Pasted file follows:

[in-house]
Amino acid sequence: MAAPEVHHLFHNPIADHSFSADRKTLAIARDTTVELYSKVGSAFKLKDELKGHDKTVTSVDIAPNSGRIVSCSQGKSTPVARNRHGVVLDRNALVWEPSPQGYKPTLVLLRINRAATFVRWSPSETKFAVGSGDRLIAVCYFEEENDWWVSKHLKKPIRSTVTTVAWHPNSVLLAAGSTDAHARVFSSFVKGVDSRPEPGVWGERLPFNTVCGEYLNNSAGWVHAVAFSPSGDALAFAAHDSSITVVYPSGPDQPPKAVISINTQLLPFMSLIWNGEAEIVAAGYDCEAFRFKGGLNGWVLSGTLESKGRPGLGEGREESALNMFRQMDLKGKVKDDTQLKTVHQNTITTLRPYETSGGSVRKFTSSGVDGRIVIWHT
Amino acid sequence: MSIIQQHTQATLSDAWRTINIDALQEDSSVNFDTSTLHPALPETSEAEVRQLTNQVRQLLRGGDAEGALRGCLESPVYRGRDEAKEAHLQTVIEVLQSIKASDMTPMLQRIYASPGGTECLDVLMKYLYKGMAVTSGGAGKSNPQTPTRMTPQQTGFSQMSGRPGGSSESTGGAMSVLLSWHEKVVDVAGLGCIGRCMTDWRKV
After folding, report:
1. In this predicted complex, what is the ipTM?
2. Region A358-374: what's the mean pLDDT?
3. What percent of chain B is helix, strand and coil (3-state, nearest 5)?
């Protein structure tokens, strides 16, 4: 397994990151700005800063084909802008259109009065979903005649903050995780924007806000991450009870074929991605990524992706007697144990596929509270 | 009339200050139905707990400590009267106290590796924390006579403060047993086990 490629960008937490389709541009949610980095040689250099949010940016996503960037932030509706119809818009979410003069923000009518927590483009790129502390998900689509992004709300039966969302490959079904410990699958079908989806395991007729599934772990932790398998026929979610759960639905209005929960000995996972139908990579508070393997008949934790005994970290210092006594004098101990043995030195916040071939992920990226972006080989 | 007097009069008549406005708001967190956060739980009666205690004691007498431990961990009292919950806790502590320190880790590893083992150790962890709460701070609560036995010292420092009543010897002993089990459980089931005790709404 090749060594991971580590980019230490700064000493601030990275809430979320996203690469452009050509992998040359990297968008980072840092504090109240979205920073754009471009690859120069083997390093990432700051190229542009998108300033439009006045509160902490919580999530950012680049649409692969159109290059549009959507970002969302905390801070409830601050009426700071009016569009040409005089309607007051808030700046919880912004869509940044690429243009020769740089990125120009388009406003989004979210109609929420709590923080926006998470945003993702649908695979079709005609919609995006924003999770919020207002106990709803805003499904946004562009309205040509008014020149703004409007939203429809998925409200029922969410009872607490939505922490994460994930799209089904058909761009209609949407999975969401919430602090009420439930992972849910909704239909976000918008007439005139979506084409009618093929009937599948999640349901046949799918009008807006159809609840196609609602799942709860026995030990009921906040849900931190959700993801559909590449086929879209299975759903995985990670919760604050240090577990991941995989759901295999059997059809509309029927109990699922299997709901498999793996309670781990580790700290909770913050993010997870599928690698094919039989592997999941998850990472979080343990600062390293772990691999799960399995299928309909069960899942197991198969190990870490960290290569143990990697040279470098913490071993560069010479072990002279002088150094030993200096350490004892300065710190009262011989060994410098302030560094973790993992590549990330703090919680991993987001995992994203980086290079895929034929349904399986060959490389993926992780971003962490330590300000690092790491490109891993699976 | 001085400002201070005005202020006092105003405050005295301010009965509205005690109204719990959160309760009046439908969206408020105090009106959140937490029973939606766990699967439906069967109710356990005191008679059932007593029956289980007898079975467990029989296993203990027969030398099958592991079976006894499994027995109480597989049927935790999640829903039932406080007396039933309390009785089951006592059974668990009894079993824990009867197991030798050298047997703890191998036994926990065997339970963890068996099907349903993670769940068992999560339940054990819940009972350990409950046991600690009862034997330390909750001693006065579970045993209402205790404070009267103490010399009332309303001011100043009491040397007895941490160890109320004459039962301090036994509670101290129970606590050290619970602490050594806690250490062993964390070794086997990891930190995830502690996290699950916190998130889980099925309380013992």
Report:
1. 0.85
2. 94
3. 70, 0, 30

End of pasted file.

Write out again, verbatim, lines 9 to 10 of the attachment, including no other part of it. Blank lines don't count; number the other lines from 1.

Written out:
Report:
1. 0.85